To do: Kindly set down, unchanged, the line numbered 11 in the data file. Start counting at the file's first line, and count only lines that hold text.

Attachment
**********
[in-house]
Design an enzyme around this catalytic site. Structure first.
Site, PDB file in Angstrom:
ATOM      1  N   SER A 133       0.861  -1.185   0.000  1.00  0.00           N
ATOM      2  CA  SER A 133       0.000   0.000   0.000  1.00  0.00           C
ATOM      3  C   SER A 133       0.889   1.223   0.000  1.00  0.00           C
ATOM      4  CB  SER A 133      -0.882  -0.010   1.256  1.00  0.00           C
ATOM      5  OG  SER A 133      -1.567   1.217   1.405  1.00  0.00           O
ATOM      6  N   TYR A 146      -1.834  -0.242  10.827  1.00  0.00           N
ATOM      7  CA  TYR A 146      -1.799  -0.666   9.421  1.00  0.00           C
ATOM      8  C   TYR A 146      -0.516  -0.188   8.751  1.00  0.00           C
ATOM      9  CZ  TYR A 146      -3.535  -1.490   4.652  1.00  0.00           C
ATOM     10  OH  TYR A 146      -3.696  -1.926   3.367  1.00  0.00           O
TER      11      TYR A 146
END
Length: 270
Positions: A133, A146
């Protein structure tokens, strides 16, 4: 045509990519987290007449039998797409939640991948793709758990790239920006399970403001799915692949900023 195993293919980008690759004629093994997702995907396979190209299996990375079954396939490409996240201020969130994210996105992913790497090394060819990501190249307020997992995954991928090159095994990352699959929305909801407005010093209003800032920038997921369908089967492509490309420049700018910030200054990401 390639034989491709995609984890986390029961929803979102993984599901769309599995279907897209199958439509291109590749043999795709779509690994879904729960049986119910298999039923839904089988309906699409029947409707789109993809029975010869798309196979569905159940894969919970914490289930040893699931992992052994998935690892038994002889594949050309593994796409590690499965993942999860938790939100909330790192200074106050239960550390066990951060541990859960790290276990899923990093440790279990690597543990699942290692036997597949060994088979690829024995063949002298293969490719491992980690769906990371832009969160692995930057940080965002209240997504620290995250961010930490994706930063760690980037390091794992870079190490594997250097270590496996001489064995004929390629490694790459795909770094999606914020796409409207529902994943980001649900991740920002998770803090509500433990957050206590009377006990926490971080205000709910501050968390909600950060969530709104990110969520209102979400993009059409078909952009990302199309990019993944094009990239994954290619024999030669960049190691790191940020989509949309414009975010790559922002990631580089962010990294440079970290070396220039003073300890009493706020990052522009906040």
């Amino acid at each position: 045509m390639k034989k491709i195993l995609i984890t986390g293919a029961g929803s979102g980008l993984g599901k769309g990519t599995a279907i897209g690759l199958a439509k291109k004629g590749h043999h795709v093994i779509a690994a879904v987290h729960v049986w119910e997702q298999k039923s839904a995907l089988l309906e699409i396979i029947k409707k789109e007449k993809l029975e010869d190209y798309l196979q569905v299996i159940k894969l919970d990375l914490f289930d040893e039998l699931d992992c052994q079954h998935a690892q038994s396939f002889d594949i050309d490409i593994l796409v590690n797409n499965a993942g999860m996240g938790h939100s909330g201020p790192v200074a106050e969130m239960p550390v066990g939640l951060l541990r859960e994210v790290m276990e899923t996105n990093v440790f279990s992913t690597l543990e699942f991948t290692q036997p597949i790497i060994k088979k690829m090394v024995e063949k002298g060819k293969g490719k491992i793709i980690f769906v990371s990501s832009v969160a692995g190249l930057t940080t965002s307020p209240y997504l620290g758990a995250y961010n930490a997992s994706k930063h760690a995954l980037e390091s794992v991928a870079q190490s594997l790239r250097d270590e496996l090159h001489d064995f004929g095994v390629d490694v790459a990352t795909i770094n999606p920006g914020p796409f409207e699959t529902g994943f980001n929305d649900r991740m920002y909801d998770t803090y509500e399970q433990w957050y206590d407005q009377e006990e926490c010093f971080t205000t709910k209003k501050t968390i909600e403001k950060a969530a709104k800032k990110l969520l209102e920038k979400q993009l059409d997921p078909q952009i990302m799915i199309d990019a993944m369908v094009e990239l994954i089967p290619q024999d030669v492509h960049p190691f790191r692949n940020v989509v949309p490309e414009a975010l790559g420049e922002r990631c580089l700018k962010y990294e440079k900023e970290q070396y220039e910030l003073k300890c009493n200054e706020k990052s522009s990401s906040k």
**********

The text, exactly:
ATOM      8  C   TYR A 146      -0.516  -0.188   8.751  1.00  0.00           C